Now that the LBMA has made its move, can the London Metal Exchange (LME) be far behind? For the same Michael Nowak, who is head of both base metals and precious metals trading at JP Morgan, is also on the LME 'User Committee' as can be seen on the LME website here, and in case the page changes, a Wayback Machine archive from today can be seen here.
All that remains for now is for Michael Nowak's defense lawyer, David Meister of law firm Skadden, Arps, Slate, Meagher & Flom, the same Meister who was former Director of Enforcement for the CFTC from November 2010 to October 2013 under then chairman Gary Gensler, to show how he is going to get Nowak off the hook on this one.
While he's at it, Meister needs to also explain how there is not a conflict of interest in representing Nowak, when the CFTC closed down an investigation into the manipulation of the silver markets in October 2013, an investigation that had been running since September 2018, saying that there was:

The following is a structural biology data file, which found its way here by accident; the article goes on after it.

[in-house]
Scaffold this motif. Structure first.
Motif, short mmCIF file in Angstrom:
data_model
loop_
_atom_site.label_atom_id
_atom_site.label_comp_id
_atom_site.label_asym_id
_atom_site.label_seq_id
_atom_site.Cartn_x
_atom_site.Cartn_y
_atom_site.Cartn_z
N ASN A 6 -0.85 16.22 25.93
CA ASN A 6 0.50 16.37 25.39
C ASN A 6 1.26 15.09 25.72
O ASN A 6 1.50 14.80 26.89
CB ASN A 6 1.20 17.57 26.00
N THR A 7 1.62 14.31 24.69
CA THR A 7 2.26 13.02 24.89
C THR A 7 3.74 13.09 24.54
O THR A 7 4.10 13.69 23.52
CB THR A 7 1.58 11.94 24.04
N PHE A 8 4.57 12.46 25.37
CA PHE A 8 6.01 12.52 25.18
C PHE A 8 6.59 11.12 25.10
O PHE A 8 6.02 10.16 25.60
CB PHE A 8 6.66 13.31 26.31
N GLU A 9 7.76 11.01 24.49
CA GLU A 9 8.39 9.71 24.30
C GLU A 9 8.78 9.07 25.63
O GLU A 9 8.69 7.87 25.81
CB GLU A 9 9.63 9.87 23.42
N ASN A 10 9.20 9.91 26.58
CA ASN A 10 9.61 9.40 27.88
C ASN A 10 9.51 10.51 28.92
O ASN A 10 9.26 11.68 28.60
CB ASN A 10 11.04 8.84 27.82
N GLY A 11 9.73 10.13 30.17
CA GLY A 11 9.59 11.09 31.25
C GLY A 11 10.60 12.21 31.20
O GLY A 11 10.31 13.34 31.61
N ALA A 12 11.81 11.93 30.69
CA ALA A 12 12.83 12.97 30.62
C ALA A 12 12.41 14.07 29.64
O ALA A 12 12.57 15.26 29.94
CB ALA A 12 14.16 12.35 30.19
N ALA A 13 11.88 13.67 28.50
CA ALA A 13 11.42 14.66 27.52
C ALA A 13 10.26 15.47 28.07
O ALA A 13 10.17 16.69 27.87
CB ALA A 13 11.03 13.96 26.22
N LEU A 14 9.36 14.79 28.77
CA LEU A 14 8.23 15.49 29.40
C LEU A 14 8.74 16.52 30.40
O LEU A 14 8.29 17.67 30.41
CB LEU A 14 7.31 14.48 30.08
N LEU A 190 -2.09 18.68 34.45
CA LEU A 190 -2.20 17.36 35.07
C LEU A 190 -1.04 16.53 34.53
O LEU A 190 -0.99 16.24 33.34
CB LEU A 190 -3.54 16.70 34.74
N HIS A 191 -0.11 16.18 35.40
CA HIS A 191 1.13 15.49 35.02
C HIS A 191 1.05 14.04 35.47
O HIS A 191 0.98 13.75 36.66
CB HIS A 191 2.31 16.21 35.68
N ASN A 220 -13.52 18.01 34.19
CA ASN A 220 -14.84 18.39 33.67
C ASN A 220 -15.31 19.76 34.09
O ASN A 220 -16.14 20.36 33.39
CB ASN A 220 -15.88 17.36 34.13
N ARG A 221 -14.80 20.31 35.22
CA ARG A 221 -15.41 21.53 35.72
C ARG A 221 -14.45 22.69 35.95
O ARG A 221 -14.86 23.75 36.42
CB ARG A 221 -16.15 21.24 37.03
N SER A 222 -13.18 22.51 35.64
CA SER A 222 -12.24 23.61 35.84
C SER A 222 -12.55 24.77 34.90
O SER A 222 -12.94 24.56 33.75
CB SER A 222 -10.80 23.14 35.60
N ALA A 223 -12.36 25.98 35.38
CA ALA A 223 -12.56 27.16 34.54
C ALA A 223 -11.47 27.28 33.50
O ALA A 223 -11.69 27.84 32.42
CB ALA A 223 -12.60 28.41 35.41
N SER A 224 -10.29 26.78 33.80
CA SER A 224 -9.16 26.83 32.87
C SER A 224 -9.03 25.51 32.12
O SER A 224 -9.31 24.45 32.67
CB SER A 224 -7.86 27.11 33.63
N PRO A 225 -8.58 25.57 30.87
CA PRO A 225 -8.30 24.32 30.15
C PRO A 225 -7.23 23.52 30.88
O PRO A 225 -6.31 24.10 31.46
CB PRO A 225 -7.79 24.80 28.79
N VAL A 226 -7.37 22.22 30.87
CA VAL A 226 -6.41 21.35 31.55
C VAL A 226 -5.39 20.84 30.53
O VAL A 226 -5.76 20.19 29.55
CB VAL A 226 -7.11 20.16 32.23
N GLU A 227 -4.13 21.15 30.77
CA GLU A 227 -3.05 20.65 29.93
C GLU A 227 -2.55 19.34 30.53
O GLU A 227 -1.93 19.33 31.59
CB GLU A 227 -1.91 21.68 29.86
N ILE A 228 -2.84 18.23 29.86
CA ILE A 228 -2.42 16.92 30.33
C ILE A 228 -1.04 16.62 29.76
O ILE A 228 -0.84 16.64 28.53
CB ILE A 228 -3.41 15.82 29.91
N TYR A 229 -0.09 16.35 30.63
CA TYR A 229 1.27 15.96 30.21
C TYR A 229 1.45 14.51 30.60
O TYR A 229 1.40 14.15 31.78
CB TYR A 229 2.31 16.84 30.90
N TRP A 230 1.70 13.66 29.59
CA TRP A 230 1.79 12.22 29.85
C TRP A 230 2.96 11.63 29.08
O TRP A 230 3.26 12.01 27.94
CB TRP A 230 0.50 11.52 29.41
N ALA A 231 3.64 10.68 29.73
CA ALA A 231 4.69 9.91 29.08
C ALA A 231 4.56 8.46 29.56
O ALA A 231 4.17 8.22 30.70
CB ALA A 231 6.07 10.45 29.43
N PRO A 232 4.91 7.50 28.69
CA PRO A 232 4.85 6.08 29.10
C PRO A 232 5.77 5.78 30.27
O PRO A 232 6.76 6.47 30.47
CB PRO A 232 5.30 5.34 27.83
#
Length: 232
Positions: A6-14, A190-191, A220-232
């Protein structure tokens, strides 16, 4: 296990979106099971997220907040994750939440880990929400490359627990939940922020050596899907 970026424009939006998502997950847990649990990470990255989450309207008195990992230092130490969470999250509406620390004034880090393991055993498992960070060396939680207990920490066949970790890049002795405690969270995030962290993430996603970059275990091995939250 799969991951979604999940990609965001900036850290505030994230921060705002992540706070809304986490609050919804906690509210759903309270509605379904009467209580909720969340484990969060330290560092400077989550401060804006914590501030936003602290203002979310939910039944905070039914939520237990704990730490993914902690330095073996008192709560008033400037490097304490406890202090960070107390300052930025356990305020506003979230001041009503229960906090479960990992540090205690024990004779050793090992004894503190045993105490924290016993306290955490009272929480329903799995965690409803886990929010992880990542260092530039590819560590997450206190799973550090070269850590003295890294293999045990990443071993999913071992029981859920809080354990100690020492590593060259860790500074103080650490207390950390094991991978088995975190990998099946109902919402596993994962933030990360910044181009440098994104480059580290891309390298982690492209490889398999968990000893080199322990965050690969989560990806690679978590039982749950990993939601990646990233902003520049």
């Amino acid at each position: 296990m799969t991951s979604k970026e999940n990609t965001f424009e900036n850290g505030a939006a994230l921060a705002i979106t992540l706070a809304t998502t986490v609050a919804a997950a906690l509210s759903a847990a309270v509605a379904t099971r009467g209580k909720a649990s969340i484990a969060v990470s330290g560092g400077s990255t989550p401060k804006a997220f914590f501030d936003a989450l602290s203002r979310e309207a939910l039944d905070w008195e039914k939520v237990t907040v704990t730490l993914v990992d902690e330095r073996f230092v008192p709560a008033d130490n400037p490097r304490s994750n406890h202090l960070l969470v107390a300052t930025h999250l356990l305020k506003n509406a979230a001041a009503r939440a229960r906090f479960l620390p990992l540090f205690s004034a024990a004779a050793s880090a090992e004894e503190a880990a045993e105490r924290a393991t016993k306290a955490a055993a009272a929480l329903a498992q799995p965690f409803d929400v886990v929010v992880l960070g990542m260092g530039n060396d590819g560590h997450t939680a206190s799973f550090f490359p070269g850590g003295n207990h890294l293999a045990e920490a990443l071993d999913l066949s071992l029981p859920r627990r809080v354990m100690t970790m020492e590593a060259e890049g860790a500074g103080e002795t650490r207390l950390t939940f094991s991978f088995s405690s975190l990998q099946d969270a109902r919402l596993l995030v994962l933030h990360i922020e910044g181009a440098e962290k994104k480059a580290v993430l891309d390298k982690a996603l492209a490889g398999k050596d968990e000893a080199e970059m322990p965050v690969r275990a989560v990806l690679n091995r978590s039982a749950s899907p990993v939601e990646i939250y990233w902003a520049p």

"not a viable basis to bring an enforcement action with respect to any firm or its employees related to our investigation of silver markets."
And finally, does David Meister sleep soundly at night representing an alleged criminal enterprise of market manipulation at Jp Morgan, knwoing that in July 2013, Meister stated in another CFTC enforcement case that:
“While forms of algorithmic trading are of course lawful, using a computer program that is written to spoof the market is illegal and will not be tolerated. We will use the Dodd Frank anti-disruptive practices provision against schemes like this one to protect market participants and promote market integrity, particularly in the growing world of electronic trading platforms.”